PORTER M. E., The Competitive Advantage of Nations. New York: Free Press, 1990.
National prosperity is created, not inherited. It does not grow out of a country’s natural endowments, its labor pool, its interest rates, or its currency’s value, as classical economics insists.
A nation’s competitiveness depends on the capacity of its industry to innovate and upgrade. Companies gain advantage against the world’s best competitors because of pressure and challenge. They benefit from having strong domestic rivals, aggressive home-based suppliers, and demanding local customers.[/one_half_last]
In a world of increasingly global competition, nations have become more, not less, important. As the basis of competition has shifted more and more to the creation and assimilation of knowledge, the role of the nation has grown. Competitive advantage is created and sustained through a highly localized process. Differences in national values, culture, economic structures, institutions, and histories all contribute to competitive success. There are striking differences in the patterns of competitiveness in every country; no nation can or will be competitive in every or even most industries. Ultimately, nations succeed in particular industries because their home environment is the most forward-looking, dynamic, and challenging.
These conclusions, the product of a four-year study of the patterns of competitive success in ten leading trading nations, contradict the conventional wisdom that guides the thinking of many companies and national governments—and that is pervasive today in the United States. (For more about the study, see the insert “Patterns of National Competitive Success.”) According to prevailing thinking, labor costs, interest rates, exchange rates, and economies of scale are the most potent determinants of competitiveness. In companies, the words of the day are merger, alliance, strategic partnerships, collaboration, and supranational globalization. Managers are pressing for more government support for particular industries. Among governments, there is a growing tendency to experiment with various policies intended to promote national competitiveness—from efforts to manage exchange rates to new measures to manage trade to policies to relax antitrust—which usually end up only under mining it. (See the insert “What Is National Competitiveness?”)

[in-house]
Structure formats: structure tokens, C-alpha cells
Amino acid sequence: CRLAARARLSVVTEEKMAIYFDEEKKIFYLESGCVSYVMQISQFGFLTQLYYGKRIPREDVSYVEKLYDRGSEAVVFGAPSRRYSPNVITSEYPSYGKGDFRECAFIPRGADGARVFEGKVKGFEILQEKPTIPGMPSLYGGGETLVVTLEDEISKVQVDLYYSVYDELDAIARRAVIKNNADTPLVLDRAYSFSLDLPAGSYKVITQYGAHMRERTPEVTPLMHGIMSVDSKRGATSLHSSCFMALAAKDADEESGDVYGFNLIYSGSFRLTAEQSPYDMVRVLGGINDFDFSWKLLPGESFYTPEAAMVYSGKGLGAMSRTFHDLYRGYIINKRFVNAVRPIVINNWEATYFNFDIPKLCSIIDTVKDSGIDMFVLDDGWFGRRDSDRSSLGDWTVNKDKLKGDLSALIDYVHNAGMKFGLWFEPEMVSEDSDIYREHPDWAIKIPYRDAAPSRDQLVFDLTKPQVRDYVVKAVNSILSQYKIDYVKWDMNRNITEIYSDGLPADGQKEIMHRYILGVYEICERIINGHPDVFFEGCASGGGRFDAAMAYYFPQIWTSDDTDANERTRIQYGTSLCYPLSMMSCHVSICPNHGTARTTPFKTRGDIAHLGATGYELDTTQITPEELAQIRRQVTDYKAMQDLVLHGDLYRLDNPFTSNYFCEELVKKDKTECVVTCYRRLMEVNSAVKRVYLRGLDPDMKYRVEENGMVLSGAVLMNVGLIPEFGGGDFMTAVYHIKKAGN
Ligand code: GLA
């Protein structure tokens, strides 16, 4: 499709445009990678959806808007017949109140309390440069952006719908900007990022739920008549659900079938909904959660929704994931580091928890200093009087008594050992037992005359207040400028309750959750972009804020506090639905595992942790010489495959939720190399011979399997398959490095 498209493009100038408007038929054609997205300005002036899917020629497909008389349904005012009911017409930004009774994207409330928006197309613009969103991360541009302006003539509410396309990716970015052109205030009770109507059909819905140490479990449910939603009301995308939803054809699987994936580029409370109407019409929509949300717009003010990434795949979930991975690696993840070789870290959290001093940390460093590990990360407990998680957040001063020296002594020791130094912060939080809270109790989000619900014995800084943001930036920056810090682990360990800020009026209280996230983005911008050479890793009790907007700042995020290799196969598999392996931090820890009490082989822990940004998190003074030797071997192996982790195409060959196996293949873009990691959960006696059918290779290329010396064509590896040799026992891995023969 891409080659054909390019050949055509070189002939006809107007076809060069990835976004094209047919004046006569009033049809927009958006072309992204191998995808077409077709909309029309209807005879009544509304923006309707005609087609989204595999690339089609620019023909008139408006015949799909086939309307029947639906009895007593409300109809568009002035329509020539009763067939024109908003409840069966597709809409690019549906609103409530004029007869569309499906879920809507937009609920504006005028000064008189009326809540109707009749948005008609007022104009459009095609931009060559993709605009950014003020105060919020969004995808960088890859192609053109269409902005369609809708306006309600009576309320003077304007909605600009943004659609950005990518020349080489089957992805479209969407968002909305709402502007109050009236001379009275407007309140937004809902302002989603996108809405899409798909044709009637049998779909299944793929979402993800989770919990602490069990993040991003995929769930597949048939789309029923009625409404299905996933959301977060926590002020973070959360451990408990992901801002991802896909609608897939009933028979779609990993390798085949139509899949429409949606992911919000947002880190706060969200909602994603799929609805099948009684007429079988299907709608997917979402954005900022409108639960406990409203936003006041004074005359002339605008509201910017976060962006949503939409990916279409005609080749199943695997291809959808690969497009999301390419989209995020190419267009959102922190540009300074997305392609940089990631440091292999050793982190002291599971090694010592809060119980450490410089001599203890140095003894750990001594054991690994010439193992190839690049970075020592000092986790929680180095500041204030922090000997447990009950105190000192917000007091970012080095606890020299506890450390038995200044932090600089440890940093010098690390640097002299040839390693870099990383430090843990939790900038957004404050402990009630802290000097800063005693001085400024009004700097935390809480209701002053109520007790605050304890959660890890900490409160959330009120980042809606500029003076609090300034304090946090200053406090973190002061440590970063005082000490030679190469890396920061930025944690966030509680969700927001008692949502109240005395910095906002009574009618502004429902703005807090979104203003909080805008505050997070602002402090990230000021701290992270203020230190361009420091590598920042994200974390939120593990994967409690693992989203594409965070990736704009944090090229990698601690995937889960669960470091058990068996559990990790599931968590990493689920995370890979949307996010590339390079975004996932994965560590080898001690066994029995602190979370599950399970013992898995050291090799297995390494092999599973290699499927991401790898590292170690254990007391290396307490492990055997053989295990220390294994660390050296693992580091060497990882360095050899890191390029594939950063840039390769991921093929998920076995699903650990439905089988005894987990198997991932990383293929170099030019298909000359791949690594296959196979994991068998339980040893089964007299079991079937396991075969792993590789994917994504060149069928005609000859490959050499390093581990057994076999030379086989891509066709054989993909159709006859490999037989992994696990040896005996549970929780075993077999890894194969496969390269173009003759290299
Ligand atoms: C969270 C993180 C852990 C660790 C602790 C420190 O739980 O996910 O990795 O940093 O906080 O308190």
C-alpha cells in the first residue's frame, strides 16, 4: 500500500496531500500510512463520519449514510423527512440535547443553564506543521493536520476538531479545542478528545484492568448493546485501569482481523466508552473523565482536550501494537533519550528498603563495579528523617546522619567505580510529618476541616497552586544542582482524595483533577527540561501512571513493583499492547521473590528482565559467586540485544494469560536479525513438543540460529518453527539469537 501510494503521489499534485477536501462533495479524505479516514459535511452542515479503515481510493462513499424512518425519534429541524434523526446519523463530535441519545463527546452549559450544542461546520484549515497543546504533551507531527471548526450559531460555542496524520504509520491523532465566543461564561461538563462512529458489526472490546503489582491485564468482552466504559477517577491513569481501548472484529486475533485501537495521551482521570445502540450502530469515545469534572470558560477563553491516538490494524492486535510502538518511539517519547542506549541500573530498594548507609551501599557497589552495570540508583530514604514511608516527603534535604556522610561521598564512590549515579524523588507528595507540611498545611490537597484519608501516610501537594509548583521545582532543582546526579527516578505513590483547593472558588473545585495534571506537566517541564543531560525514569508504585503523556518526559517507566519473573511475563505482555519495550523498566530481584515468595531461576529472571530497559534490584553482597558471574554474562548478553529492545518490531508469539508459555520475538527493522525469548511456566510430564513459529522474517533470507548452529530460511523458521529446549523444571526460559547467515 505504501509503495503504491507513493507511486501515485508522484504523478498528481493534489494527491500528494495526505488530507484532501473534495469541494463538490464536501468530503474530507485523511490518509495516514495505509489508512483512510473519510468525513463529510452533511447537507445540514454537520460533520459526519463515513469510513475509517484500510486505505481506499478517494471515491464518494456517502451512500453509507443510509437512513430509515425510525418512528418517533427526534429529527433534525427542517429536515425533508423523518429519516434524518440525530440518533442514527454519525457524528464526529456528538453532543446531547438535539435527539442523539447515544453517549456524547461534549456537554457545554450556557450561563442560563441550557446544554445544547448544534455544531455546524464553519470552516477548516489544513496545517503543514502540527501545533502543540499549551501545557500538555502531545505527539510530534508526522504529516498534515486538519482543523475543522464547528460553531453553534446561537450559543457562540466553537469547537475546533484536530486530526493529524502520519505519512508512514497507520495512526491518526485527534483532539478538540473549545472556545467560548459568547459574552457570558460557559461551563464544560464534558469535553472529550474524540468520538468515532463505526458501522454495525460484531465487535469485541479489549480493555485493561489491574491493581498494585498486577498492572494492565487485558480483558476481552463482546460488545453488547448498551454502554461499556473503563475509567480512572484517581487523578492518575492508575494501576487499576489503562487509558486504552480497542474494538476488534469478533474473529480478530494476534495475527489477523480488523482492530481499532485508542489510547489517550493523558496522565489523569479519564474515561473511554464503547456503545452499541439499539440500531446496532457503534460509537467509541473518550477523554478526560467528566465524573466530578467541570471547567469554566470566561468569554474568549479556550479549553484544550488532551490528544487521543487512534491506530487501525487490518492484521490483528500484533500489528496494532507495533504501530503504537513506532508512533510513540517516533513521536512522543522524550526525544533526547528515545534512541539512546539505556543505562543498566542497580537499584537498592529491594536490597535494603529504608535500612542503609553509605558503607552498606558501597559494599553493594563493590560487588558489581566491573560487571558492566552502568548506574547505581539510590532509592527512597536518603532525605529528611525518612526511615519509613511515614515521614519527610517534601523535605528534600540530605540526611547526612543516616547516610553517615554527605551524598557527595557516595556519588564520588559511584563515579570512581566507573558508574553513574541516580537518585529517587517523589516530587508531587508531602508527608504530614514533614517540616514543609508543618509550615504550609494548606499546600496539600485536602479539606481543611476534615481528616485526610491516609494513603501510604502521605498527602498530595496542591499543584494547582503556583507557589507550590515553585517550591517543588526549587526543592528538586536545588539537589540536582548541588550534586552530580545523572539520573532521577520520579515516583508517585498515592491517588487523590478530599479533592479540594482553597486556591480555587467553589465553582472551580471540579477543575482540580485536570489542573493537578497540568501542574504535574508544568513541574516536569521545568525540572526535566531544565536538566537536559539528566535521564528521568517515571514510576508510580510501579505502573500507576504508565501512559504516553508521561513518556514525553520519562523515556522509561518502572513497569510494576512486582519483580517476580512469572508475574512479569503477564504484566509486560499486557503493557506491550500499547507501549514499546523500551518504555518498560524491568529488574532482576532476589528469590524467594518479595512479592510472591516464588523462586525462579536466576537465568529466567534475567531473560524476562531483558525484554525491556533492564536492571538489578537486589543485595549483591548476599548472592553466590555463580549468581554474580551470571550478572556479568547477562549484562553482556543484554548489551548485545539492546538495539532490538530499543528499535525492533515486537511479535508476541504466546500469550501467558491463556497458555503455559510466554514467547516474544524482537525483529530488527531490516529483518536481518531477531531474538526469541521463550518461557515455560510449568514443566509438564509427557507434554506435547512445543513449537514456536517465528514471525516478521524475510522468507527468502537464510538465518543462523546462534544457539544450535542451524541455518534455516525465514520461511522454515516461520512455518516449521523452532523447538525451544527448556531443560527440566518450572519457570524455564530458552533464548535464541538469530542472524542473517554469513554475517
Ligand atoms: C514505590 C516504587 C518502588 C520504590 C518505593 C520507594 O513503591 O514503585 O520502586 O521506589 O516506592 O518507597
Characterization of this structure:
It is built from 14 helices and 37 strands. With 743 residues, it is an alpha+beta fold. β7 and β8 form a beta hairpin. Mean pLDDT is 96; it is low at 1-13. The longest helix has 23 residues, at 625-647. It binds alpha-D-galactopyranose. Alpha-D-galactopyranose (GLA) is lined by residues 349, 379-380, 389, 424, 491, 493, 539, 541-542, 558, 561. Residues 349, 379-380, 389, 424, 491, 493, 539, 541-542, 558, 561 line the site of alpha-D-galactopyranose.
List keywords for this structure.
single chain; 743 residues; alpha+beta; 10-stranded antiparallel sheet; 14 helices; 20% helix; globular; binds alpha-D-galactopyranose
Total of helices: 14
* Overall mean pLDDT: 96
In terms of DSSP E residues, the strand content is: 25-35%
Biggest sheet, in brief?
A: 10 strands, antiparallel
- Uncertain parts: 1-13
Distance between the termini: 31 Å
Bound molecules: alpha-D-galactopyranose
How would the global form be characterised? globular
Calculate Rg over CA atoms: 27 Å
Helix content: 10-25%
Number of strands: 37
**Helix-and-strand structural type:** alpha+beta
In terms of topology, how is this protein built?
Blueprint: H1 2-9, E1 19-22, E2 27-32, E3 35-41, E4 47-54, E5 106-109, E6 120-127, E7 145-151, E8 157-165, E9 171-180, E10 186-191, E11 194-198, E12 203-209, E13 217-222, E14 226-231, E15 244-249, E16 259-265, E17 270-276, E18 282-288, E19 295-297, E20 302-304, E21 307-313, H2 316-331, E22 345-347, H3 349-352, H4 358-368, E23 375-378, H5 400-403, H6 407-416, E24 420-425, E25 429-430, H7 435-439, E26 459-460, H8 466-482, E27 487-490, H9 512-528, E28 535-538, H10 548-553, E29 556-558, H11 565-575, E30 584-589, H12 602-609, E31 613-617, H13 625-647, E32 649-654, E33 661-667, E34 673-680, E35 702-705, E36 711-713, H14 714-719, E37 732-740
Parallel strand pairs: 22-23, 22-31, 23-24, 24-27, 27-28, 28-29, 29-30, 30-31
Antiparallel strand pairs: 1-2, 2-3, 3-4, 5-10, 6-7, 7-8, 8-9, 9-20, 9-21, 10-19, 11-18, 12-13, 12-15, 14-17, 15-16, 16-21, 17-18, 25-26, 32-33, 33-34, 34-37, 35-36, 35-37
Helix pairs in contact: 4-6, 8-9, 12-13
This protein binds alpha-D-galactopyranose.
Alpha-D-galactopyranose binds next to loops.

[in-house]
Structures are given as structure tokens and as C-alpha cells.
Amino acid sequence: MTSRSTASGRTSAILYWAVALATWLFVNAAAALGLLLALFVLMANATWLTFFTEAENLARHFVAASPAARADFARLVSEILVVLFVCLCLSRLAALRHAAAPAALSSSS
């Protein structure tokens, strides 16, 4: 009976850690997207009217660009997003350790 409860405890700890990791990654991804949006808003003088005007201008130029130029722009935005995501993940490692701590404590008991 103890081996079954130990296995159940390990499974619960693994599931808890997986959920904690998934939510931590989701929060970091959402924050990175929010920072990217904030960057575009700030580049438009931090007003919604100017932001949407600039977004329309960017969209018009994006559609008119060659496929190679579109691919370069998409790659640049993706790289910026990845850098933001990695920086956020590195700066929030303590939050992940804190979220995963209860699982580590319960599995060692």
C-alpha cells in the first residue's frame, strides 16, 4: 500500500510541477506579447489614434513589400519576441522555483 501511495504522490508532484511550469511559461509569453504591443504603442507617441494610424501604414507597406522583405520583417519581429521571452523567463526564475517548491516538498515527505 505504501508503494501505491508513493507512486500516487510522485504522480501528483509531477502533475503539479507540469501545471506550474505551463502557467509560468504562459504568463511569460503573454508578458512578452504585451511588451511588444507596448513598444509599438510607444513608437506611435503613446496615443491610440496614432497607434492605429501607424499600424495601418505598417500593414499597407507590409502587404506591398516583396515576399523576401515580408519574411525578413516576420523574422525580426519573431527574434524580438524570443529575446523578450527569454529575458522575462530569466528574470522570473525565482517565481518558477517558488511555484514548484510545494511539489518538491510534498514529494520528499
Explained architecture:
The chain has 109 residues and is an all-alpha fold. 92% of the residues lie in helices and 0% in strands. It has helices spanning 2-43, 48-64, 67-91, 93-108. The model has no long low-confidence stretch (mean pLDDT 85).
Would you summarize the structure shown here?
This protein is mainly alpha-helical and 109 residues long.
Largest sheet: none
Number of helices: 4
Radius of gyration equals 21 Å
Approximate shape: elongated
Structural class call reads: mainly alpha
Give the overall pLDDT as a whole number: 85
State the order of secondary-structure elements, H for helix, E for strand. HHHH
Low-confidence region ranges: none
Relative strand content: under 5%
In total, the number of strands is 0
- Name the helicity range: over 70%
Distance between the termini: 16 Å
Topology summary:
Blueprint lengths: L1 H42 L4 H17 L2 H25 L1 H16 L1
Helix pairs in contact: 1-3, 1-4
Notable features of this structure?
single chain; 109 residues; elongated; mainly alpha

These approaches, now much in favor in both companies and governments, are flawed. They fundamentally misperceive the true sources of competitive advantage. Pursuing them, with all their short-term appeal, will virtually guarantee that the United States—or any other advanced nation—never achieves real and sustainable competitive advantage.
We need a new perspective and new tools—an approach to competitiveness that grows directly out of an analysis of internationally successful industries, without regard for traditional ideology or current intellectual fashion. We need to know, very simply, what works and why. Then we need to apply it. Leggi l’articolo completo